To show 1-1:
Take a and b in Z. Assume h(a) = h(b).
That implies g(a) = g(b). Since f and g are 1-1, a = b. So h is 1-1.

To show onto:
Let z be in z. f is onto which means there is an x in X such that f(x) = y.
g is onto which means there is a y in Y such that g(y) = z.
Therefore, f(x) = g(f(x)) = z. So h is onto.

Am I on the right track?

8. Originally Posted by ilikedmath
Okay, here's what I got so far:

X~ Y implies that there is a function f: X → Y that is 1-1 and onto.
Y ~ Z implies that there is a function g: Y → Z that is 1-1 and onto.
I need to prove X ~ Z which implies there is a function h: X → Z that is 1-1 and onto.

To show 1-1:
Take a and b in Z. Assume h(a) = h(b).
That implies g(a) = g(b). Since f and g are 1-1, a = b. So h is 1-1.

To show onto:
Let z be in z. f is onto which means there is an x in X such that f(x) = y.
g is onto which means there is a y in Y such that g(y) = z.
Therefore, f(x) = g(f(x)) = z. So h is onto.

Am I on the right track?
you are thinking, and you are very close. the problem is, there is a lack of coherency in your proof. for one, you never stated what your function h was. it should be the function fog, which your work seems to show, but you never said that. so one would wonder how assuming these things about h implies the things about f and g that you pointed out. you made no connection between h and f and g. other than that, a little tightening up of the argument should suffice. very good first attempt though

9. Originally Posted by Jhevon
you are thinking, and you are very close. the problem is, there is a lack of coherency in your proof. for one, you never stated what your function h was. it should be the function fog, which your work seems to show, but you never said that. so one would wonder how assuming these things about h implies the things about f and g that you pointed out. you made no connection between h and f and g. other than that, a little tightening up of the argument should suffice. very good first attempt though
Thank you. Okay, so here's my correction:

Proof: Suppose X, Y, Z are sets. Let X ~ Y and Y ~ Z.
X~ Y implies that there is a function f: X → Y that is 1-1 and onto.
Y ~ Z implies that there is a function g: Y → Z that is 1-1 and onto.
(Need to prove X ~ Z which implies there is a function h: X → Z that is 1-1 and onto). Let h: X → Z such that h is fog.

To show 1-1:
Take a and b in Z. Assume h(a) = h(b).
That implies f(g(a)) = f(g(b)). Since g is 1-1, g(a) = g(b).
Since f is 1-1, a = b. So h is 1-1.

To show onto:
Let z be in Z. f is onto which means there is an x in X such that f(x) = y.
g is onto which means there is a y in Y such that g(y) = z.
Therefore, f(x) = g(f(x)) = z. So h is onto.

h is 1-1 and onto therefore X ~ Z. QED.

10. Originally Posted by ilikedmath
Thank you. Okay, so here's my correction:

Proof: Suppose X, Y, Z are sets. Let X ~ Y and Y ~ Z.
X~ Y implies that there is a function f: X → Y that is 1-1 and onto.
Y ~ Z implies that there is a function g: Y → Z that is 1-1 and onto.
(Need to prove X ~ Z which implies there is a function h: X → Z that is 1-1 and onto). Let h: X → Z such that h is fog.
ok, so i made a mistake in my last post (which you should have caught, since i said the correct thing in previous posts). the function should be gof, not fog. fog does not go from X to Z, in fact, it is not a properly defined function.

anyway, it sounds more mathy to say something like, "consider the function $\displaystyle h : X \mapsto Z$ defined by $\displaystyle h = g \circ f$"

To show 1-1:
Take a and b in Z. Assume h(a) = h(b).
That implies f(g(a)) = f(g(b)). Since g is 1-1, g(a) = g(b).
Since f is 1-1, a = b. So h is 1-1.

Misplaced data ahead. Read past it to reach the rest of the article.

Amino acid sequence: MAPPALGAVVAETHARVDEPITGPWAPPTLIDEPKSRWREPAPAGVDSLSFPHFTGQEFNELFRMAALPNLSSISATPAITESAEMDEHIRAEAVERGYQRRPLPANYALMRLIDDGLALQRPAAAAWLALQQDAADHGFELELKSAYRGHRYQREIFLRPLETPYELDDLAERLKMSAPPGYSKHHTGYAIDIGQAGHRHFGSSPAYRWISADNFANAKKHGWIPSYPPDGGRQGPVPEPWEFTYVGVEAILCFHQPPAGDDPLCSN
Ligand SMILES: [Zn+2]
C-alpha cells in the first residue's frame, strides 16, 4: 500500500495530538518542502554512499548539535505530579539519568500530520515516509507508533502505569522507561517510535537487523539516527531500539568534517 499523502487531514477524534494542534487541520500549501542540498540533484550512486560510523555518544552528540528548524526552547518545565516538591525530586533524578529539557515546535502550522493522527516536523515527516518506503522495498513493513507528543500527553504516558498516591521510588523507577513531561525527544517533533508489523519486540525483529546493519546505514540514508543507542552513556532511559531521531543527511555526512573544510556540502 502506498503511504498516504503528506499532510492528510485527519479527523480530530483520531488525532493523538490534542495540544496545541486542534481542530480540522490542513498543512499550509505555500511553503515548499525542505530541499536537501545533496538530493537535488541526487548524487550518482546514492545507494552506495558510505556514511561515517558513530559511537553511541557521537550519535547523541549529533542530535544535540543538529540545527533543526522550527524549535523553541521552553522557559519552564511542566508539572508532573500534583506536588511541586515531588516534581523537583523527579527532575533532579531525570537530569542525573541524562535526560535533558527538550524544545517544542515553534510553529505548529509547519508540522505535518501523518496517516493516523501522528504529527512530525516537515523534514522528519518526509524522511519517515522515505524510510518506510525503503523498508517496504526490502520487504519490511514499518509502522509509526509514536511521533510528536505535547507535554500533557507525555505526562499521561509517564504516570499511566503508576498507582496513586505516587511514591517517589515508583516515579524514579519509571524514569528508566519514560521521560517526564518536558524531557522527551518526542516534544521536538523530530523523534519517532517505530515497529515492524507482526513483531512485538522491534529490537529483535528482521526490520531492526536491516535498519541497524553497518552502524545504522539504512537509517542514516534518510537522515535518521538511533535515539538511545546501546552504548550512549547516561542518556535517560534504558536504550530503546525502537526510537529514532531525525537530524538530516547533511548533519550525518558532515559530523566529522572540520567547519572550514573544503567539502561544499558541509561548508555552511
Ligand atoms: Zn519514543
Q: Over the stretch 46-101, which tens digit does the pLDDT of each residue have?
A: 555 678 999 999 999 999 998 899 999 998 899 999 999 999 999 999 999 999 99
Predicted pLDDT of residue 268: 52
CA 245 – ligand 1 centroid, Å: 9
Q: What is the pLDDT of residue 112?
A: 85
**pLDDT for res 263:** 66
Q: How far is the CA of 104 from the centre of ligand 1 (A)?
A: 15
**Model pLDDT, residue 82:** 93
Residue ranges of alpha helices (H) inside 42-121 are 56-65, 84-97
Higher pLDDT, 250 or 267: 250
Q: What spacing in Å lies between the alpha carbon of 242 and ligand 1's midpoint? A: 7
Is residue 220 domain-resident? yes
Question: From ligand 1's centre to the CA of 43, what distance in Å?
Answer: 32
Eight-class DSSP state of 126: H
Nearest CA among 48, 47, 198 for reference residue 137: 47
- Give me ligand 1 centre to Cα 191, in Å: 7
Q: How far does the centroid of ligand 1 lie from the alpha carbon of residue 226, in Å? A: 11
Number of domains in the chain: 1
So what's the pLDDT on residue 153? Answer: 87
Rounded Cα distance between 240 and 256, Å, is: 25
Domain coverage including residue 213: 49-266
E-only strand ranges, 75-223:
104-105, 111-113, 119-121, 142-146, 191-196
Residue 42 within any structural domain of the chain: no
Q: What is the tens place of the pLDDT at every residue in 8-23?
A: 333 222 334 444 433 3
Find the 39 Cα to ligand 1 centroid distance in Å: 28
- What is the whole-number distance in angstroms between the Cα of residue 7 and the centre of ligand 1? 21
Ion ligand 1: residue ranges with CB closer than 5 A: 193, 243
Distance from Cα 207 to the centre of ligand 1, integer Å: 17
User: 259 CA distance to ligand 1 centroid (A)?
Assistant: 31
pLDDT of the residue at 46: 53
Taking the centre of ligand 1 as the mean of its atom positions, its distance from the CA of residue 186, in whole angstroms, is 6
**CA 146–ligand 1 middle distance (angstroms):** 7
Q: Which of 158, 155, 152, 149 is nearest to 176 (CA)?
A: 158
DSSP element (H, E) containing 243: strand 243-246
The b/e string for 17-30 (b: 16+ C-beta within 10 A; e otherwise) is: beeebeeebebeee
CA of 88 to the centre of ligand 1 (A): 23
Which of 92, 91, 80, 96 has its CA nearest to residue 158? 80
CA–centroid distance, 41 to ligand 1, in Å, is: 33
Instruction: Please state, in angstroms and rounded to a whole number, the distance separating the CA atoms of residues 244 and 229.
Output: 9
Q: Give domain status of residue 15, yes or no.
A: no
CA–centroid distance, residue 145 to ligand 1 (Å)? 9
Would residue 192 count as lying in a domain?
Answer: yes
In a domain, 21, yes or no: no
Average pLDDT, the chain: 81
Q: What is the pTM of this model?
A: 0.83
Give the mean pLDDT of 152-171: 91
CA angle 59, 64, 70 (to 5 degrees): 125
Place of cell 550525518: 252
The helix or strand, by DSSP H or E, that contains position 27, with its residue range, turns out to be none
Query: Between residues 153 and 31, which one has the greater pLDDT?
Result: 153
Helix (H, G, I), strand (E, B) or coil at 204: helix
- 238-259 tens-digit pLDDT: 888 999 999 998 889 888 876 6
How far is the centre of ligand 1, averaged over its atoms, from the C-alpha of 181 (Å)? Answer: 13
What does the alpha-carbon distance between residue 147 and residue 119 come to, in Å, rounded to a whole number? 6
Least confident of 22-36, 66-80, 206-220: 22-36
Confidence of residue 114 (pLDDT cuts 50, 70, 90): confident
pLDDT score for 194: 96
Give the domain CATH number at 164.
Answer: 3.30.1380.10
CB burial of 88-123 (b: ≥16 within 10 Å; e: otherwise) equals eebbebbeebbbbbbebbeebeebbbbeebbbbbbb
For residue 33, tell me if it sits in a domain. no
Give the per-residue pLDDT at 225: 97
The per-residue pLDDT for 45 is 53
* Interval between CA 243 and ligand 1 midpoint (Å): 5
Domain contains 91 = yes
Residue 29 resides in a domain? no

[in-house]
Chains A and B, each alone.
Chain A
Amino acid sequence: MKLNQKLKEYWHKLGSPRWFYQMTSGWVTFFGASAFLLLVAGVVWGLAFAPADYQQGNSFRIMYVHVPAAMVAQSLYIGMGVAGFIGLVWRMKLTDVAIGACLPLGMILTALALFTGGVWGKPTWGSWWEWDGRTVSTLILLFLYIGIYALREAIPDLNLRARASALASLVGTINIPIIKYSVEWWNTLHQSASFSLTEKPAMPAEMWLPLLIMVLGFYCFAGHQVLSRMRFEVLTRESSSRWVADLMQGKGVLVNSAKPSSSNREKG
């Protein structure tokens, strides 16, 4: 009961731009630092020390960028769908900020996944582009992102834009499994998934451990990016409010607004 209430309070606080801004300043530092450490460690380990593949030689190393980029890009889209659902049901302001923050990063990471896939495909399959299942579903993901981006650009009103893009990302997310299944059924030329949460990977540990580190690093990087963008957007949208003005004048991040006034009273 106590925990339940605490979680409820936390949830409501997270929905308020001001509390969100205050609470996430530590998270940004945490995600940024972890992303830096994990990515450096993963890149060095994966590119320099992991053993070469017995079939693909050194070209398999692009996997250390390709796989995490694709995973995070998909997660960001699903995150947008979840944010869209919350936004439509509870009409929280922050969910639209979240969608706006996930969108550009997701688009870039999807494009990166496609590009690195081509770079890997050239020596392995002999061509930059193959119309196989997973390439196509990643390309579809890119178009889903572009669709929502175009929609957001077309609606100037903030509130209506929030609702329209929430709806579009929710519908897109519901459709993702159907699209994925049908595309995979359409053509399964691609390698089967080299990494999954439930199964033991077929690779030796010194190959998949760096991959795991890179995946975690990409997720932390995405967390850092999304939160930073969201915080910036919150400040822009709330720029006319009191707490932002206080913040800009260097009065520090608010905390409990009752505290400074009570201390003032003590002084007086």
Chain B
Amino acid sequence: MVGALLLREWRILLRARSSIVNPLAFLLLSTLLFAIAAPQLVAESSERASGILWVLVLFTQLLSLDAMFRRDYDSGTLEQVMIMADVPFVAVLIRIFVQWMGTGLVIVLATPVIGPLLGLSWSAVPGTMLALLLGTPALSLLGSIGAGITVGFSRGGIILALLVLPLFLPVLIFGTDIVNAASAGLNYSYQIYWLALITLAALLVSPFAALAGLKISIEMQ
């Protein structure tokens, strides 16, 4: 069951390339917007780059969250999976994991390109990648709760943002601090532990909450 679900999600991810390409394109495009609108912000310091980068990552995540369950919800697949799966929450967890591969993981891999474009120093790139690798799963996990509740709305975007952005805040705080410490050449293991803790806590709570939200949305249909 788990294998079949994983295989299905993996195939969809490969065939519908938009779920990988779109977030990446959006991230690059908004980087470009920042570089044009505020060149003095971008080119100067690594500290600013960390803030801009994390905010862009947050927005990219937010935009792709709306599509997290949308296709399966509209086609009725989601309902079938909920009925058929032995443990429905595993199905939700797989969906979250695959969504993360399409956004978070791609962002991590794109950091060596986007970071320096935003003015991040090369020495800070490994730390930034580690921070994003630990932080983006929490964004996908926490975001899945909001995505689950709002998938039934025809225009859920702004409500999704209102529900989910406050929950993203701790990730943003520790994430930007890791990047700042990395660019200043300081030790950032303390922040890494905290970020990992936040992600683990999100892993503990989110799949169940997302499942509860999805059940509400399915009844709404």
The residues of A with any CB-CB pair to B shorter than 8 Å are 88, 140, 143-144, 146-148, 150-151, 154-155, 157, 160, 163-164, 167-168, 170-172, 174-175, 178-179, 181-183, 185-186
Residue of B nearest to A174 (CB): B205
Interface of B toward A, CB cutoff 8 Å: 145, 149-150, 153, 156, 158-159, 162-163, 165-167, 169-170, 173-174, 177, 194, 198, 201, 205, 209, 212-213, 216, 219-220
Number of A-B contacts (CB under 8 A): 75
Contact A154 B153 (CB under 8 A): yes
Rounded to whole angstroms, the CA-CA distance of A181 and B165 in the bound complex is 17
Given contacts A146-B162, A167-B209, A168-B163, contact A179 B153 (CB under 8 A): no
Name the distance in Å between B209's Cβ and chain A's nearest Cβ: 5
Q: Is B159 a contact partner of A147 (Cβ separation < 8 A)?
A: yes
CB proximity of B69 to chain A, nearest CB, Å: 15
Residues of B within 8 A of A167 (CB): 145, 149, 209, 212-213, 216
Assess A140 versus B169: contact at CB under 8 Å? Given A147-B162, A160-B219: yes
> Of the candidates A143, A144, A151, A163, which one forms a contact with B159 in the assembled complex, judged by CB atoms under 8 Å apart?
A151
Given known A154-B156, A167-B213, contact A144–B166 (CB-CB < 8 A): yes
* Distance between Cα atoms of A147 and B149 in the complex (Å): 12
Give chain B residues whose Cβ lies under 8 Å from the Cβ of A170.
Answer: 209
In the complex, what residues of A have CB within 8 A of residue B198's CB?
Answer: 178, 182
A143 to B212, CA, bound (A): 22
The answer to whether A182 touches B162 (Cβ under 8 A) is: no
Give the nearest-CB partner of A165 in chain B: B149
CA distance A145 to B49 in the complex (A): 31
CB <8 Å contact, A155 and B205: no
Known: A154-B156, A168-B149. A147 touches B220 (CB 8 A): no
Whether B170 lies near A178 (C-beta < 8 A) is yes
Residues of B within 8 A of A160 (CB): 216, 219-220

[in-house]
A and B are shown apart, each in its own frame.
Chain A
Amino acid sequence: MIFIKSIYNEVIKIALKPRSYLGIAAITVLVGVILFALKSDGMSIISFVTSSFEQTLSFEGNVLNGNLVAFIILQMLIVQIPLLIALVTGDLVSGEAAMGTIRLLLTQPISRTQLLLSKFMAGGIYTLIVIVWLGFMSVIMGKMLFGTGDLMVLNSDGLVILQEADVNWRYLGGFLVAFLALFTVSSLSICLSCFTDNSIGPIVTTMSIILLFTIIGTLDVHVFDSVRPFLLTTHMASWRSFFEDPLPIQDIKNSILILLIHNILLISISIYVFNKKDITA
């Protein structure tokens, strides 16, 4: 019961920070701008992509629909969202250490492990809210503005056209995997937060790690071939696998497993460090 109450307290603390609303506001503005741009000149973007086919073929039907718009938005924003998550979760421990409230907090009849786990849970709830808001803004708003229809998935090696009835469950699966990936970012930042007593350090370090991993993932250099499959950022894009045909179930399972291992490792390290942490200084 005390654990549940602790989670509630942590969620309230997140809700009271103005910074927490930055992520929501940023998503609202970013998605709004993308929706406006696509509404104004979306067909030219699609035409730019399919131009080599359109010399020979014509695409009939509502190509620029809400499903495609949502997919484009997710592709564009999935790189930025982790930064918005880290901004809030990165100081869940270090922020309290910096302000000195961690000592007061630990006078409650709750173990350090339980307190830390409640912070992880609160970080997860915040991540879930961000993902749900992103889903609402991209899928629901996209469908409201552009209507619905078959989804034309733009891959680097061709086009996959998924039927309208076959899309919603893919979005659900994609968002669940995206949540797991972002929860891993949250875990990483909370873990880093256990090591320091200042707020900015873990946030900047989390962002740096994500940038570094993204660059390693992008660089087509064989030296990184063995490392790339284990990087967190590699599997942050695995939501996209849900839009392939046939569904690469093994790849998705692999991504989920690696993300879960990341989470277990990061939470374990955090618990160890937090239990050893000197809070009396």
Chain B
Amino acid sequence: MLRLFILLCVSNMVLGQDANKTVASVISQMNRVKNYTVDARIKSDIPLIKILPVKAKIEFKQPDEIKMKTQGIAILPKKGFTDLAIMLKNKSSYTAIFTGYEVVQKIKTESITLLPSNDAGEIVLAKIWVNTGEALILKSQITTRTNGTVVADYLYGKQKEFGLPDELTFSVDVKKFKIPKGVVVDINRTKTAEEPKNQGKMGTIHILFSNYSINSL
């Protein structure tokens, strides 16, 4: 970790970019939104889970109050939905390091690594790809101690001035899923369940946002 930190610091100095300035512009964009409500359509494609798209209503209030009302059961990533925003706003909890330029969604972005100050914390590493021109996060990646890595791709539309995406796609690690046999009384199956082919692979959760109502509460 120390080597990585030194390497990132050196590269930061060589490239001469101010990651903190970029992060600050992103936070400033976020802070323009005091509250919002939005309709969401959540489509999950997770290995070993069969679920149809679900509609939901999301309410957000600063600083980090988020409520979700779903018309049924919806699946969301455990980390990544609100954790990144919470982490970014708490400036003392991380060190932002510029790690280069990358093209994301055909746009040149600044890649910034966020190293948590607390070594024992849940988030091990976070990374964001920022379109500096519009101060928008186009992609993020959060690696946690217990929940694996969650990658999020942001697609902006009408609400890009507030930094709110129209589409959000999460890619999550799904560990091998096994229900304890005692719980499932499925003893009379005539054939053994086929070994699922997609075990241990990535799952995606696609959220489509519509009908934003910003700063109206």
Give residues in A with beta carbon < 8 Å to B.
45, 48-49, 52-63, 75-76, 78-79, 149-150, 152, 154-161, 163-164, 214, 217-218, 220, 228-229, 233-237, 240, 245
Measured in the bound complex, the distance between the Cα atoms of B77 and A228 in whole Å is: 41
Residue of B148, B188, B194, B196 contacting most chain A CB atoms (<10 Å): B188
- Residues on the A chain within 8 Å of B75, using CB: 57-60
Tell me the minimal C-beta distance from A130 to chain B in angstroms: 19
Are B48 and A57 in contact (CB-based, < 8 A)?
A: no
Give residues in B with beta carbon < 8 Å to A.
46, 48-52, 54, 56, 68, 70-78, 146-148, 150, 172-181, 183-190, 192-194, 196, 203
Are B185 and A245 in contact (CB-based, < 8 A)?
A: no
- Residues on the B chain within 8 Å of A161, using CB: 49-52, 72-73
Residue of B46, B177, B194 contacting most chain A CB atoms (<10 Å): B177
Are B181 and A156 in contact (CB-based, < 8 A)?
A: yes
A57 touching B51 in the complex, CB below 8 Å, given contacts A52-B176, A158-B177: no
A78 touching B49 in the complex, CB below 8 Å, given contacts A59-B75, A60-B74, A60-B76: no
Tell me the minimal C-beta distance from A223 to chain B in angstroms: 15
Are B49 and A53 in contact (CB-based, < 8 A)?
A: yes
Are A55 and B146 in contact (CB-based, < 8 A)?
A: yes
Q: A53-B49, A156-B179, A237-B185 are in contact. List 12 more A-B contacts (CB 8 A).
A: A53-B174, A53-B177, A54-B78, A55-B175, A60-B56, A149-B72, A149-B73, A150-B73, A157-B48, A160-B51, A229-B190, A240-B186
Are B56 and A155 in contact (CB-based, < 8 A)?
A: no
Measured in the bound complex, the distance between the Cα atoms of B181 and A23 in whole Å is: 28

so yeah, again, it should be g(f(a)) = g(f(b)) as the thing you start out with. strangely, your proof works if you make that only that change with no other alteration, meaning, it was wrong as stated before.

we have g(f(a)) = g(f(b)). since g is 1-1, this implies f(a) = f(b). but since f is 1-1, this means a = b, so that h is 1-1.

To show onto:
Let z be in Z. f is onto which means there is an x in X such that f(x) = y.
g is onto which means there is a y in Y such that g(y) = z.
Therefore, f(x) = g(f(x)) = z. So h is onto.
again, just a little rearranging here. Let $\displaystyle z \in Z$. since $\displaystyle g$ is onto, there is some $\displaystyle y \in Y$ so that $\displaystyle g(y) = z$. But $\displaystyle f$ is onto, so that there is some $\displaystyle x \in X$ such that $\displaystyle f(x) = y$. But that means $\displaystyle g(f(x)) = z$. thus, $\displaystyle h$ is onto

thus we have shown h is 1-1 and onto, therefore X ~ Z. QED.
nothing much wrong with this sentence

11. ## awesome

Originally Posted by Jhevon
ok, so i made a mistake in my last post (which you should have caught, since i said the correct thing in previous posts). the function should be gof, not fog. fog does not go from X to Z, in fact, it is not a properly defined function.

anyway, it sounds more mathy to say something like, "consider the function $\displaystyle h : X \mapsto Z$ defined by $\displaystyle h = g \circ f$"

so yeah, again, it should be g(f(a)) = g(f(b)) as the thing you start out with. strangely, your proof works if you make that only that change with no other alteration, meaning, it was wrong as stated before.

we have g(f(a)) = g(f(b)). since g is 1-1, this implies f(a) = f(b). but since f is 1-1, this means a = b, so that h is 1-1.

again, just a little rearranging here. Let $\displaystyle z \in Z$. since $\displaystyle g$ is onto, there is some $\displaystyle y \in Y$ so that $\displaystyle g(y) = z$. But $\displaystyle f$ is onto, so that there is some $\displaystyle x \in X$ such that $\displaystyle f(x) = y$. But that means $\displaystyle g(f(x)) = z$. thus, $\displaystyle h$ is onto

nothing much wrong with this sentence
awesome! thank you very much for all your help. i get it now! i just love the feeling when struggling math students have a 'eureka' moment and the light finally comes on and we "get" the problems. math can be cool thanks again!

12. Originally Posted by ilikedmath
awesome! thank you very much for all your help. i get it now! i just love the feeling when struggling math students have a 'eureka' moment and the light finally comes on and we "get" the problems. math can be cool thanks again!
haha, i love that too. i saw you had such a moment with Plato as well, and i couldn't help but feel proud of you and happy for you, though it was not me that helped you. i bet it made Plato feel good as well. though he wouldn't admit it probably